Par for the course of Wes Anderson's filmography, Isle of Dogs is filled to the brim with the director's rogues gallery of acting giants. Though this latest animated venture won't bring us face to face with the disaffected mugs of Bill Murray, Tilda Swinton, or Edward Norton, you'll feel the presence of these and other favorites the moment you hear their unmistakable voices barked up from the mouths of the pooches they're charged with bringing to life.
"You hear Bob Balaban’s voice, you hear Jeff Goldblum's voice, you hear Bill Murray’s voice—they’re very distinct voices, and there’s no effort to mask who they are," fellow Isle of Dogs star Liev Schreiber told us following the film's premiere in Berlin. And even among company of such esteem, we have to home in on Goldblum as the purveyor of Hollywood's most recognizable tongue.
In Isle of Dogs, we find the voice of Goldblum in the mouth of Duke, an abandoned lupine breed with an affinity for gossip. “You’ve heard the rumor, right?” Duke says four or five times throughout the picture, each reiteration earning a bigger chuckle than the last. It is, of course, due in no small part to Goldblum's delivery that his character weighs in as the film's comic powerhouse.
"I don’t think I wanted to infect the thing with any particular Goldblumisms," Goldblum himself told us in Berlin. "I think I wanted to fulfill Wes’ idea of musicality and rhythm of Duke, there." Even still, the magnitude of the actor's inimitable cadence brings profound color to his canid character. In fact, you might even say Goldblum has staked his career on the whole on his unusual manner of speech.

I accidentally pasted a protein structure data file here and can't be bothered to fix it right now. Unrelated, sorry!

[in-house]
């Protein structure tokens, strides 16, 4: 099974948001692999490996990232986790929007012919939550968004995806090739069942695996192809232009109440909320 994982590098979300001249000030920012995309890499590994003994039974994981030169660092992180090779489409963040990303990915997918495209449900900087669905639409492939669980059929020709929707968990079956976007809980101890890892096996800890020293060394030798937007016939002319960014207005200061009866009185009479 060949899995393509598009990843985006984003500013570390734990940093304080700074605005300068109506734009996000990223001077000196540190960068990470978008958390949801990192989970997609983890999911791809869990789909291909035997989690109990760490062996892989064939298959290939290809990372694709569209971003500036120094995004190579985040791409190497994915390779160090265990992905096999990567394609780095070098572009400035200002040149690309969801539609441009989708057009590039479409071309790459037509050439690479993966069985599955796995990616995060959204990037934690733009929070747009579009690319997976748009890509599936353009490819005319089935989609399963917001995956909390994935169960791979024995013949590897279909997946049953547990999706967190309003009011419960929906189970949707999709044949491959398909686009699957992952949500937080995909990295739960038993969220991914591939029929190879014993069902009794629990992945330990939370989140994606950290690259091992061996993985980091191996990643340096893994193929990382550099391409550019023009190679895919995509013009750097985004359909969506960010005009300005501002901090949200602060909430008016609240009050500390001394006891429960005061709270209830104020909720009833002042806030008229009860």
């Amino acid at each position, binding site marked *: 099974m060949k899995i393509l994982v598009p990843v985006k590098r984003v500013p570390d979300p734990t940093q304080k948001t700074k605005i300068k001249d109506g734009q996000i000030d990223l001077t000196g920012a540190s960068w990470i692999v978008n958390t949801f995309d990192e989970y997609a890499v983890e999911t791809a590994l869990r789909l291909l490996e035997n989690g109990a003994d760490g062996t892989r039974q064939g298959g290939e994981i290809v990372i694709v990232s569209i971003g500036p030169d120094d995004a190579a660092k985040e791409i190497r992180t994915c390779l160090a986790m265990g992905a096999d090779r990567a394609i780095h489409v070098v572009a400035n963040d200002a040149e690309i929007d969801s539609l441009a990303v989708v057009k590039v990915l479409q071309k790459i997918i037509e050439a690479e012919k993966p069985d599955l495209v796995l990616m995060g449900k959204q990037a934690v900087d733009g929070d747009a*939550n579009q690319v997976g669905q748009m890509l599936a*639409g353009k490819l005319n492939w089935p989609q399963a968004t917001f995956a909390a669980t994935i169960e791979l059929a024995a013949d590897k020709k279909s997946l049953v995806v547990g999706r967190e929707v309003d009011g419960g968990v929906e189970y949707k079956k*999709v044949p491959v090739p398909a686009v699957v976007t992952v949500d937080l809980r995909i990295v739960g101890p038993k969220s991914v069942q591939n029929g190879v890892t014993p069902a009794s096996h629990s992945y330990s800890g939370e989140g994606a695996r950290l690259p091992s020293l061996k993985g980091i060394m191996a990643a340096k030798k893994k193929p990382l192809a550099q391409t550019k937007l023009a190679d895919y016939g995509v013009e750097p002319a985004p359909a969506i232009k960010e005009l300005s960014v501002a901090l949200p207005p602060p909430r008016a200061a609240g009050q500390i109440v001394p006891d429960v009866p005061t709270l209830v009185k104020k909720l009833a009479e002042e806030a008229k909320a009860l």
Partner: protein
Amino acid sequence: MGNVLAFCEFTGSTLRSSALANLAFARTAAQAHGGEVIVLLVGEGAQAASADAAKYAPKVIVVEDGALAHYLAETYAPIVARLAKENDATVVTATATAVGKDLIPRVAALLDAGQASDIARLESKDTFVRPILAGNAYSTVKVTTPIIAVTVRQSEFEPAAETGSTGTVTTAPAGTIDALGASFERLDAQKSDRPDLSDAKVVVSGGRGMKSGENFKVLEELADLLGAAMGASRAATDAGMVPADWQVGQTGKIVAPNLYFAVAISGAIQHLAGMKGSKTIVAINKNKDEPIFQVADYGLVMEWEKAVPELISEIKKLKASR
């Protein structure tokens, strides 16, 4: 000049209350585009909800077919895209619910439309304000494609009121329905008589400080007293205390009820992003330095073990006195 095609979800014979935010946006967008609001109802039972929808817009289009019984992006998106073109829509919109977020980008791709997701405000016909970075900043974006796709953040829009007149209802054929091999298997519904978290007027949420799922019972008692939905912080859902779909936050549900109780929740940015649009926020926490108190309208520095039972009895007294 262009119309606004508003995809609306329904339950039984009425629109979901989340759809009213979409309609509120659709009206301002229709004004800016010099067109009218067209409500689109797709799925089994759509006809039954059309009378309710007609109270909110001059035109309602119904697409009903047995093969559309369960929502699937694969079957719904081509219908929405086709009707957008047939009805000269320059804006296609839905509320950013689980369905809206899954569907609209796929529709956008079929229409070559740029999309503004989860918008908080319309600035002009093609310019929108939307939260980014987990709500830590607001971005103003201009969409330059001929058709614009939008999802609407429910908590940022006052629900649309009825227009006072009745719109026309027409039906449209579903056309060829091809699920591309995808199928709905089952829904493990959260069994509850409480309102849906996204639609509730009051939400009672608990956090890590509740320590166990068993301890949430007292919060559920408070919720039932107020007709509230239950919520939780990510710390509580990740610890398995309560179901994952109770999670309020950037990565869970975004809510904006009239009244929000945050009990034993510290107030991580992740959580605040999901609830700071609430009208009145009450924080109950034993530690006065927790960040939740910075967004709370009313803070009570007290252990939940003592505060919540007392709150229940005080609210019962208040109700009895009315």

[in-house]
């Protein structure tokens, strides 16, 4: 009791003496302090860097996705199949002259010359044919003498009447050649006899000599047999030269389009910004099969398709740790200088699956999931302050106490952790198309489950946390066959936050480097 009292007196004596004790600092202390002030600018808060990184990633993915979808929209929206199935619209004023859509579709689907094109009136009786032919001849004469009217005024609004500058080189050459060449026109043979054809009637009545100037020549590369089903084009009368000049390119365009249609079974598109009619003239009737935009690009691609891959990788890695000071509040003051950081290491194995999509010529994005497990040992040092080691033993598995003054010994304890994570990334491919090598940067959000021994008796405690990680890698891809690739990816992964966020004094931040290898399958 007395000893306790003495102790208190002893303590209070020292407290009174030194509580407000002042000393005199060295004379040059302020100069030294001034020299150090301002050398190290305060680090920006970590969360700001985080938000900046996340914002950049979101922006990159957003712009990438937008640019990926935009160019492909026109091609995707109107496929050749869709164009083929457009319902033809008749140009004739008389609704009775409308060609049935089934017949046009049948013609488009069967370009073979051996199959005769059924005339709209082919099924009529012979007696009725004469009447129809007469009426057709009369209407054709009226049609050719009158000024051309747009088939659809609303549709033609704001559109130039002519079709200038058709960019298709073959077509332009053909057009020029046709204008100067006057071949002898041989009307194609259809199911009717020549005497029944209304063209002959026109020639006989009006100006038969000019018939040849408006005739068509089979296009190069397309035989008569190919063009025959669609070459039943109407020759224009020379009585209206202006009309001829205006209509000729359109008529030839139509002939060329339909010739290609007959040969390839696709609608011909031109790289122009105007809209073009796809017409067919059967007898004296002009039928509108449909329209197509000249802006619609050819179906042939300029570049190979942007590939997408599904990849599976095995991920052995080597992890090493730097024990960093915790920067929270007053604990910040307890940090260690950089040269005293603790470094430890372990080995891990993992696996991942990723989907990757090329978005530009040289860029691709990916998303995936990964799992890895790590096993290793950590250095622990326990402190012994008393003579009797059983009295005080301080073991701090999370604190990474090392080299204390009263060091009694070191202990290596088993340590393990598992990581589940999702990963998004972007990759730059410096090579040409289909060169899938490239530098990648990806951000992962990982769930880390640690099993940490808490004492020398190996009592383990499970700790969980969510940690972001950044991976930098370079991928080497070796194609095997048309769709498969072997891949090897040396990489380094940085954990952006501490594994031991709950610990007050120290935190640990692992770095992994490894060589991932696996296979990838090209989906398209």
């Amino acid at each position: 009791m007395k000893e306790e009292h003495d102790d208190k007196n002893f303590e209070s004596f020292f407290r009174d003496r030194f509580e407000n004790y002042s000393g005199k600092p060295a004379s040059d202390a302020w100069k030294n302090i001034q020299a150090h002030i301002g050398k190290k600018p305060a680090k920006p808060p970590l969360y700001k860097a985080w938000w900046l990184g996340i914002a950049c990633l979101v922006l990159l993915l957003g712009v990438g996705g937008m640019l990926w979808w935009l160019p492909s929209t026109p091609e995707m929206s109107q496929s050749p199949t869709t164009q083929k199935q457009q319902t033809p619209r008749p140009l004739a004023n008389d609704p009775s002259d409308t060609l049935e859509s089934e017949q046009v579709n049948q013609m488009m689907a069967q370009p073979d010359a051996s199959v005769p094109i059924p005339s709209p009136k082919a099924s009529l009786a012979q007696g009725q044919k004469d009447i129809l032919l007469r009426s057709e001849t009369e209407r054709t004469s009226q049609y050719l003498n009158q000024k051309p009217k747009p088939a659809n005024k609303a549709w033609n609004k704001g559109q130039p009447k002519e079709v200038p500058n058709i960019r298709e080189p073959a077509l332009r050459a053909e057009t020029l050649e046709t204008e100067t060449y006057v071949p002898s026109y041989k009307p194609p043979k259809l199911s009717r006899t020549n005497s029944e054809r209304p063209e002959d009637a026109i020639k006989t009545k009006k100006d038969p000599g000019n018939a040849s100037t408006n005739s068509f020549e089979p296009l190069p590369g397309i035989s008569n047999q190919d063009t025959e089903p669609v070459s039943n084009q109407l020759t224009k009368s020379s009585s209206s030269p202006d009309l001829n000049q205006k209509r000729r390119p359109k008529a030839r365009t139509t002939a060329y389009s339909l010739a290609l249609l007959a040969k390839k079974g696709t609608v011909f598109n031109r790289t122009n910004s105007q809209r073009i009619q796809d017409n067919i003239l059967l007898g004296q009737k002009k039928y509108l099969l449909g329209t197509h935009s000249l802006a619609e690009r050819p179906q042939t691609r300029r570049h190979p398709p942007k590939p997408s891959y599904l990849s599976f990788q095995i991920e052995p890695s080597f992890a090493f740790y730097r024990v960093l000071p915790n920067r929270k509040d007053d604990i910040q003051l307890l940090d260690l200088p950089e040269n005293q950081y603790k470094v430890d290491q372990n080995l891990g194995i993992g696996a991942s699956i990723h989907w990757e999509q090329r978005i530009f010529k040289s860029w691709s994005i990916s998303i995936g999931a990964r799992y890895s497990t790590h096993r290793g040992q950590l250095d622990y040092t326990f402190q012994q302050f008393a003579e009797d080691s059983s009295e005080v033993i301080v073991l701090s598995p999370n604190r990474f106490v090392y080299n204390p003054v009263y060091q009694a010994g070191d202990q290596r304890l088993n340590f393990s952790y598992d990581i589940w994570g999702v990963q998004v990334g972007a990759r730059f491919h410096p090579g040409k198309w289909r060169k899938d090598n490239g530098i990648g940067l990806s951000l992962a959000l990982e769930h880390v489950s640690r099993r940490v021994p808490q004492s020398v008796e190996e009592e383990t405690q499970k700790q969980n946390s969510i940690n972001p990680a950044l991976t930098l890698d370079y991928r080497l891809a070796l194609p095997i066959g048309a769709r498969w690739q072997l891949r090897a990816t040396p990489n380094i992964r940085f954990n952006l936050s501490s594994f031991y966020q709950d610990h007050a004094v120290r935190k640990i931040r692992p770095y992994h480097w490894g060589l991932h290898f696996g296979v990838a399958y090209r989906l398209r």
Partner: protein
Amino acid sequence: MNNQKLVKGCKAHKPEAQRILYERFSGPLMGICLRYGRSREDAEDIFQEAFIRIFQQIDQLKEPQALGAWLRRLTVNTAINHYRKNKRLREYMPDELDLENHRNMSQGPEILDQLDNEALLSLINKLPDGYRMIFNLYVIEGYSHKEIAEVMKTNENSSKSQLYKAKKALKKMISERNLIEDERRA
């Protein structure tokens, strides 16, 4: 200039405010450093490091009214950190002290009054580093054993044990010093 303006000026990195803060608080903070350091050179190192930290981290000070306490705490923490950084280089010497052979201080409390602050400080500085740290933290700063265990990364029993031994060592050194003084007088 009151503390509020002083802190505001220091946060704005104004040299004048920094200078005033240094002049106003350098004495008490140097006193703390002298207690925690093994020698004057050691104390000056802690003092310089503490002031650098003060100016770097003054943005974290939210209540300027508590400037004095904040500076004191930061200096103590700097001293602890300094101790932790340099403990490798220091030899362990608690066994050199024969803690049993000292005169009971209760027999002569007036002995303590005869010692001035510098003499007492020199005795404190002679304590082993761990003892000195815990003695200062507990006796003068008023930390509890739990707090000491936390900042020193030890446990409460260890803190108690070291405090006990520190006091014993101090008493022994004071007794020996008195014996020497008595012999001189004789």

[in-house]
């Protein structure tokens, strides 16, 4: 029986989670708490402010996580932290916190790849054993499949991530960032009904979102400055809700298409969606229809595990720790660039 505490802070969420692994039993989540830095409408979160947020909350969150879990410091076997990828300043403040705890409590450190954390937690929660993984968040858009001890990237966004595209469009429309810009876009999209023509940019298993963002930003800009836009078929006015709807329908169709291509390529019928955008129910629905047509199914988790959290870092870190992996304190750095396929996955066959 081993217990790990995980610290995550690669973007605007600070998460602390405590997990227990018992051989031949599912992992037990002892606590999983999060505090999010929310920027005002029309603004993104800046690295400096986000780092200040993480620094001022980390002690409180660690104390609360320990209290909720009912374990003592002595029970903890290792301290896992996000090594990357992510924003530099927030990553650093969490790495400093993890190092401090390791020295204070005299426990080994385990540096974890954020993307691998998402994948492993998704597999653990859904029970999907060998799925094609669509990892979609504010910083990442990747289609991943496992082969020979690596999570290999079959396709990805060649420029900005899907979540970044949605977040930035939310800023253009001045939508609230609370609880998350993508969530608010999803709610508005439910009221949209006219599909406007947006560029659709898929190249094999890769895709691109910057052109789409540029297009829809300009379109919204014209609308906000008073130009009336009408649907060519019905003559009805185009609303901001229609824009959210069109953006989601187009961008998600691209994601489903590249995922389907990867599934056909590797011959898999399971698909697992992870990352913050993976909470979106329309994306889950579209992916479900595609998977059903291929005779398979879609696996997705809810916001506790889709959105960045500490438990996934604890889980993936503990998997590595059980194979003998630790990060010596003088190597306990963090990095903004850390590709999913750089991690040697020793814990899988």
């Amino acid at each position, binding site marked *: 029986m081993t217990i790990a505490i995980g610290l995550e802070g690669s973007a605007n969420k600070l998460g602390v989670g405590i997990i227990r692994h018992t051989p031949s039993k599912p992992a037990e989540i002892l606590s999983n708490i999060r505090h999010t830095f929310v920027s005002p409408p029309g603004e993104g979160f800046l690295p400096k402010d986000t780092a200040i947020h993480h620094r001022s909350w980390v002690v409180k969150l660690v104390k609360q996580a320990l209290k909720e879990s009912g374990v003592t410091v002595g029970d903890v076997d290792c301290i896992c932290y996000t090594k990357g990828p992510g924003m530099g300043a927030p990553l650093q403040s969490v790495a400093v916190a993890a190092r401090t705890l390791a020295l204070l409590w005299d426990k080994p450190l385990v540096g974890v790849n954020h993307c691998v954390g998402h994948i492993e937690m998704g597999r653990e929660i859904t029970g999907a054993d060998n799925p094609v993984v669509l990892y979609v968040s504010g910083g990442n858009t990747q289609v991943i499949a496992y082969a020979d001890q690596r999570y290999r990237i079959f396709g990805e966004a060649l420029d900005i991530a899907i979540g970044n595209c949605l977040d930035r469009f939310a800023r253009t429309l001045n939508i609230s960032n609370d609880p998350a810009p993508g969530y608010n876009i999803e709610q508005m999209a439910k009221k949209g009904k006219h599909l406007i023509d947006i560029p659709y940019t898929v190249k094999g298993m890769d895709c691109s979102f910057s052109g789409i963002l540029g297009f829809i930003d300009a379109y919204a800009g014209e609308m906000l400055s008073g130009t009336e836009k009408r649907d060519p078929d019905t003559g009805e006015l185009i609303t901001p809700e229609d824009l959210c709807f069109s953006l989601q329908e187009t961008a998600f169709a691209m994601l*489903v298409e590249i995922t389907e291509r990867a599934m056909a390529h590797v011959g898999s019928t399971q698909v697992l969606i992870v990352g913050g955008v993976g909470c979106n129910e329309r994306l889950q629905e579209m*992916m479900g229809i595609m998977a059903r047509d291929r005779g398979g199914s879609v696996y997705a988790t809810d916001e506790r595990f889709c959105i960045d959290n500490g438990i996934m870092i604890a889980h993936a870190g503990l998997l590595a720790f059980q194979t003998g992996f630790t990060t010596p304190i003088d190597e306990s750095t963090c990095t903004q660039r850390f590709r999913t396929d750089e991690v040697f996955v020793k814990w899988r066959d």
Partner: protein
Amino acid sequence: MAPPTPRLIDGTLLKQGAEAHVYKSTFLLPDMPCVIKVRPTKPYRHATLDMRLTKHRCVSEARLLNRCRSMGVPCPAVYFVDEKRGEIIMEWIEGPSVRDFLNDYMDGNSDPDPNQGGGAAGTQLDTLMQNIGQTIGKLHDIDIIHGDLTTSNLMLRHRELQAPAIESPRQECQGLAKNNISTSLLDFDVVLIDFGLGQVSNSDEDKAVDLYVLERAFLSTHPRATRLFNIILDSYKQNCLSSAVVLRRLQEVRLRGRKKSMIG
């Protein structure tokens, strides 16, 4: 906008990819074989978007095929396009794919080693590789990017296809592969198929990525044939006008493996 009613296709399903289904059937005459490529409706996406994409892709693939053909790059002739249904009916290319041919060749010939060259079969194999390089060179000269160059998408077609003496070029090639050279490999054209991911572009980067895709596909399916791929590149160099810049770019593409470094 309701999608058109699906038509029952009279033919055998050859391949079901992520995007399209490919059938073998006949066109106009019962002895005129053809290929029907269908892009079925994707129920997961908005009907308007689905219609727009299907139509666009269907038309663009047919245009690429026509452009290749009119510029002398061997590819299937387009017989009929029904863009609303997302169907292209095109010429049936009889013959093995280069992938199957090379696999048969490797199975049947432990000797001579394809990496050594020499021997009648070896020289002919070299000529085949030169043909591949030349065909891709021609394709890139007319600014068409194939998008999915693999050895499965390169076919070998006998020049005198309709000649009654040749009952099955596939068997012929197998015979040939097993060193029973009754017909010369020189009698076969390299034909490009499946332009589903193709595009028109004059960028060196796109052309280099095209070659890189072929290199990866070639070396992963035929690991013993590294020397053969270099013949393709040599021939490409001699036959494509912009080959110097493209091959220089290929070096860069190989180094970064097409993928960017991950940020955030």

And yes, he's well aware we're talking about it. "I know when people...do imitations of me," Goldblum said with good humor. "I go ‘Oh yeah, I get [it].' Or when they say, ‘Do it like Jeff Goldblum,’ I can do a kind of imitation of myself. You know, stammer and stutter or something, some version of that." But that's not to say the Hollywood mainstay hasn't been "milking" the Goldblum shtick all this time. "I don’t do it for affect or I haven’t developed it for some kind of, some sort of, uh, ‘thing,’" he assured us. "This is just the way it’s kind of developed."
As far as how it developed, Goldblum called back to a moment of discovery in the beginning of his career. "I felt appreciated by, and found myself through the appreciation of, directors, really," Goldblum said. "I remember Phil Kaufman. [There was] a day on Invasion of the Body Snatchers, 1978, when I said—Nancy Bellicec, my wife, Veronica Cartwright, said to me, ‘Well why have we always thought that they would come in metal ships?’—and I say, ‘I - I - I - I never thought that they would come in - in metal ships.'"
Goldblum continued, "And the way [Kaufman] appreciated the way I had done that. It wasn’t a big Goldblumism, but I thought, 'That's kind of... I sort of... I think I found something." A similarly substantial turning point came through his collaborations with director Paul Mazursky on 1976's Next Stop, Greenwich Village (though Goldblum's reenactment of his back-and-forth with Mazursky were entirely too Goldblumy to transcribe). "Not that I want to put myself into every part, but it became useful," he said.
In keeping with the naturalistic ambiance Anderson aims to cultivate across his filmography, none of his stars were asked to provide anything other than their organic conversational inflection for Isle of Dogs. "Wes wasn’t looking for cartoony voices," Schreiber said. "That’s not what he does. [He wanted something] more idiosyncratic and humanist." Clearly, he chose the right people for the job.
Will you be checking out Isle of Dogs? Read our review here, and let us know!
Images: Universal Pictures, Fox Searchlight, United Artists
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